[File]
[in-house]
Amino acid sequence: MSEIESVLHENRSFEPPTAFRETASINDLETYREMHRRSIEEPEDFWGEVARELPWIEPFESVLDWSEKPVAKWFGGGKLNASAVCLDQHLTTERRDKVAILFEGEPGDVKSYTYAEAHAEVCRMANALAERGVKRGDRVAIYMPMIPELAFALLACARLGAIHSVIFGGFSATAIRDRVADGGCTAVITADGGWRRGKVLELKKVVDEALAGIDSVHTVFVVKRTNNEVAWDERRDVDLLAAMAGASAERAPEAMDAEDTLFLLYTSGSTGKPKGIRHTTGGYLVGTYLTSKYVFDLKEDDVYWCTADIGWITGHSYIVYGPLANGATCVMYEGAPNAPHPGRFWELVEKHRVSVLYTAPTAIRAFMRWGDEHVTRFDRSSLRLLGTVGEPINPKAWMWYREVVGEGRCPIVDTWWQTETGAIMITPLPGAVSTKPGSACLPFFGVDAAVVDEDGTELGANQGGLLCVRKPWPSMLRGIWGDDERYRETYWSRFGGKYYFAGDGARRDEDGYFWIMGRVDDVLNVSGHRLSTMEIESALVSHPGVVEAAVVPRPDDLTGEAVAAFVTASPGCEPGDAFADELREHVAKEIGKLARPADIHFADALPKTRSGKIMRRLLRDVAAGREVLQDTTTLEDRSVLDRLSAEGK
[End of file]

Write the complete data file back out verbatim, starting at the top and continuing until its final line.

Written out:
[in-house]
Amino acid sequence: MSEIESVLHENRSFEPPTAFRETASINDLETYREMHRRSIEEPEDFWGEVARELPWIEPFESVLDWSEKPVAKWFGGGKLNASAVCLDQHLTTERRDKVAILFEGEPGDVKSYTYAEAHAEVCRMANALAERGVKRGDRVAIYMPMIPELAFALLACARLGAIHSVIFGGFSATAIRDRVADGGCTAVITADGGWRRGKVLELKKVVDEALAGIDSVHTVFVVKRTNNEVAWDERRDVDLLAAMAGASAERAPEAMDAEDTLFLLYTSGSTGKPKGIRHTTGGYLVGTYLTSKYVFDLKEDDVYWCTADIGWITGHSYIVYGPLANGATCVMYEGAPNAPHPGRFWELVEKHRVSVLYTAPTAIRAFMRWGDEHVTRFDRSSLRLLGTVGEPINPKAWMWYREVVGEGRCPIVDTWWQTETGAIMITPLPGAVSTKPGSACLPFFGVDAAVVDEDGTELGANQGGLLCVRKPWPSMLRGIWGDDERYRETYWSRFGGKYYFAGDGARRDEDGYFWIMGRVDDVLNVSGHRLSTMEIESALVSHPGVVEAAVVPRPDDLTGEAVAAFVTASPGCEPGDAFADELREHVAKEIGKLARPADIHFADALPKTRSGKIMRRLLRDVAAGREVLQDTTTLEDRSVLDRLSAEGK